Richard LaGravenese ought to be shooting Beautiful Creatures right now, but one or two roles still need to be filled before casting is complete. After all, Variety reports that Kyle Gallner (Red State, A Nightmare on Elm Street) will join the young adult fantasy love story what-have-you, therefore putting him in the company of Alden Ehrenreich, Emmy Rossum, Emma Thompson, Viola Davis, Jeremy Irons, and a few others.
Amidst the story of two lovers who “uncover dark secrets about their families, their history and their town,” Gallner will be playing Larkin, younger brother of Rossum‘s character, Lena, who puts a spell on him. And now I have that soul song stuck in my head. The film will hit on February 1st, 2013.
Secondly, THR has learned that Brian Geraghty won’t be going it alone on Walter Strafford‘s Kilimanjaro. Abigail Spencer (Mad Men) has been confirmed to join the independent drama, which revolves around a man who, after a break-up, finds himself compelled to climb Mt. Kilimanjaro as a show of pride; she’ll play the receptionist he takes a liking to.
While certainly a smaller — thought not necessarily lesser — effort, Kilimanjaro feels like the next step in Breslin‘s slow move toward features. There was a quick turn in last year’s Cowboys & Aliens, and next March will see her do some more fantasy work on Sam Raimi‘s Oz: The Great and Powerful — a role that’s to be followed by Wrong Number, a film written by the actress herself. Judging by her work as one of Don Draper’s many conquests, it’s a deserved ascent, too.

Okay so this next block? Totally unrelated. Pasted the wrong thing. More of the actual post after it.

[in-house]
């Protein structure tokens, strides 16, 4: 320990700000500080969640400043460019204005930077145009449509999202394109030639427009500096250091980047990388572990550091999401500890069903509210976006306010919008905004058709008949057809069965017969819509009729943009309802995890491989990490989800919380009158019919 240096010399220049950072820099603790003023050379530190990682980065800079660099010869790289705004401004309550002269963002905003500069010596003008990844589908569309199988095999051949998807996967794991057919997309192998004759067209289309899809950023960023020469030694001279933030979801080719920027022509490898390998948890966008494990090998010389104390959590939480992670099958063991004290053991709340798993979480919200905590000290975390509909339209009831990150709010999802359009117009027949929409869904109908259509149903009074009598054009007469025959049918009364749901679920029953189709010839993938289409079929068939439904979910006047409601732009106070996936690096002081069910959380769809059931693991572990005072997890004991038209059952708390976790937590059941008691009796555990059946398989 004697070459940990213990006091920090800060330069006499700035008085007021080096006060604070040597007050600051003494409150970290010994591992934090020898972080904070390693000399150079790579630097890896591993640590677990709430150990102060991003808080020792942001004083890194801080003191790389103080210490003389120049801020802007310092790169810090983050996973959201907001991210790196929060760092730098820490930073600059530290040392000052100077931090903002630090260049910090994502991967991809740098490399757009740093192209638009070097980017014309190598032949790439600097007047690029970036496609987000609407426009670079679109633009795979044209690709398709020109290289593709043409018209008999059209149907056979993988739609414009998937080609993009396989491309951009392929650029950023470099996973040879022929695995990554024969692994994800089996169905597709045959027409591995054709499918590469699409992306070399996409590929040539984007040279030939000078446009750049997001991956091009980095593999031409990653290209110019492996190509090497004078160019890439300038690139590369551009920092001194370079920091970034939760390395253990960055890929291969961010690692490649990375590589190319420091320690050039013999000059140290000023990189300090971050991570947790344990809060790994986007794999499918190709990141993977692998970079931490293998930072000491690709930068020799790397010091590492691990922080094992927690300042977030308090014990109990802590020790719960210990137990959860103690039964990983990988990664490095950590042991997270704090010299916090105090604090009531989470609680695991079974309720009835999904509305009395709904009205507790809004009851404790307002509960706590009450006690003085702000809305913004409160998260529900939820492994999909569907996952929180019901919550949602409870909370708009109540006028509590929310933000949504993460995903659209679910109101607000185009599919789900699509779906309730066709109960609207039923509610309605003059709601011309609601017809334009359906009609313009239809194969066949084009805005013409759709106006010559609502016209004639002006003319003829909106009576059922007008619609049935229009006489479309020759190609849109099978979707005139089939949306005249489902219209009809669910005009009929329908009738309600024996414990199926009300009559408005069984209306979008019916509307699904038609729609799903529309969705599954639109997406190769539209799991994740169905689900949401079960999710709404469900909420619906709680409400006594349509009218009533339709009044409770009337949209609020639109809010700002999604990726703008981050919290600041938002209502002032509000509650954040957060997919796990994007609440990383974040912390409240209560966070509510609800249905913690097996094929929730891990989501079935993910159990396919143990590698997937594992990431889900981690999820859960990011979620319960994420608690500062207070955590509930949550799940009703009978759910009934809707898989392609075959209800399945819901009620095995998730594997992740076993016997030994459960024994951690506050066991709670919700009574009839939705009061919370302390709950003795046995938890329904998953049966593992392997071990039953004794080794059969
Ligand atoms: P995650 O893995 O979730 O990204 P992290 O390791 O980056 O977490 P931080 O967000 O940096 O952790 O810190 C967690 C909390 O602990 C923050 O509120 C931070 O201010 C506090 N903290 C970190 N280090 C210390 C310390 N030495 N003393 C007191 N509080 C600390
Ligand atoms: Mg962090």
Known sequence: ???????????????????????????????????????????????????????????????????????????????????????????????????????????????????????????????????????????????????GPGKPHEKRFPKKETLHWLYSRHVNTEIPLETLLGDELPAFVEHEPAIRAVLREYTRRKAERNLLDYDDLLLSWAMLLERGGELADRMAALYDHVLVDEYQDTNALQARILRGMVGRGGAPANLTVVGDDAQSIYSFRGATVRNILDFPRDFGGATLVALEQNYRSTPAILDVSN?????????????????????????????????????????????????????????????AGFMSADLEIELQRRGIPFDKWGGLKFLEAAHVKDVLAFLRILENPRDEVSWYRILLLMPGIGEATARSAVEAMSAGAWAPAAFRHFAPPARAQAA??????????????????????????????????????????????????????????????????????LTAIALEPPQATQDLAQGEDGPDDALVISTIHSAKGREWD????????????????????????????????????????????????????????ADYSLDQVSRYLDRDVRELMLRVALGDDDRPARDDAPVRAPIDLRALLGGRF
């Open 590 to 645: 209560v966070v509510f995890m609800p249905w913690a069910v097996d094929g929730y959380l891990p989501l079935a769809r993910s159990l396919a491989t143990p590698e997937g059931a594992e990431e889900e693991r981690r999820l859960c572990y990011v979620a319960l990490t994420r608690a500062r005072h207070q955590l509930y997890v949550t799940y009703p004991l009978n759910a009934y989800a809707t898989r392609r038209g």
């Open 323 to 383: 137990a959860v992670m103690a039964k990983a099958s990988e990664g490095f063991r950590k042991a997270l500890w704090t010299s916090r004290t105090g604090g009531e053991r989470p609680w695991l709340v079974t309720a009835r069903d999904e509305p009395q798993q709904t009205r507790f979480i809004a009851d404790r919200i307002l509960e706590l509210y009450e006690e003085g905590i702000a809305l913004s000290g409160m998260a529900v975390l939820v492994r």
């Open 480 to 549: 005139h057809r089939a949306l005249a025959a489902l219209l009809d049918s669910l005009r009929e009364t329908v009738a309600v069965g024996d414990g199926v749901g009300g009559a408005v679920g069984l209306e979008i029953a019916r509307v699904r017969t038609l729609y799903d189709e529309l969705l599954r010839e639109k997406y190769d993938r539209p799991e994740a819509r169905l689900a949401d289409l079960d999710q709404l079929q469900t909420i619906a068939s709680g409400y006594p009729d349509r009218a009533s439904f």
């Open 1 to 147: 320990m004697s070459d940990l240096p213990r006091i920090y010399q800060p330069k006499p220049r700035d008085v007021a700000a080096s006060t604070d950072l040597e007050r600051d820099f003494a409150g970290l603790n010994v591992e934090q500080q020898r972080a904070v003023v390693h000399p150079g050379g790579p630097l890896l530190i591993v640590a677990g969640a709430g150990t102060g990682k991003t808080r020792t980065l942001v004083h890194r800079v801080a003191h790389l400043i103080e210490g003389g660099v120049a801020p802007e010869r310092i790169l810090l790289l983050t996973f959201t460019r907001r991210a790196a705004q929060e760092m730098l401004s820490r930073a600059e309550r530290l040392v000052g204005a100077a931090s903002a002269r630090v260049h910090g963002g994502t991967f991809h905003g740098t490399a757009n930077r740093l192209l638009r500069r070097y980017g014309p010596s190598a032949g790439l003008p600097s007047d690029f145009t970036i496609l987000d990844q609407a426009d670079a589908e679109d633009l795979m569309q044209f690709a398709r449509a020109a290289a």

Do you think either casting choice will compliment the films at hand?
There is truly something magical when you combine the French Riviera, the global film market and thousands of hungry filmgoers and critics. The end result is what has come to be known as the most prestigious film festival in the world, the Cannes Film Festival, currently in its 66th iteration. This is my third year [...]
The Archive is a collection of cinephile-friendly findings around the web, including rare or never-before-seen photos, interviews, footage or any other bits related to classic or independent cinema. If you have any suggestions, feel free to e-mail in or tweet to @TheFilmStage. Check out the rundown below. Above, an unused Taxi Driver poster made for SpokeArt’s Martin [...]
Since any New York City cinephile has an almost suffocating wealth of theatrical options, we figured it’d be best to compile some of the more worthwhile repertory showings into one handy list. Displayed below are a few of the city’s most reliable theaters and links to screenings of their weekend offerings — films you’re not [...]
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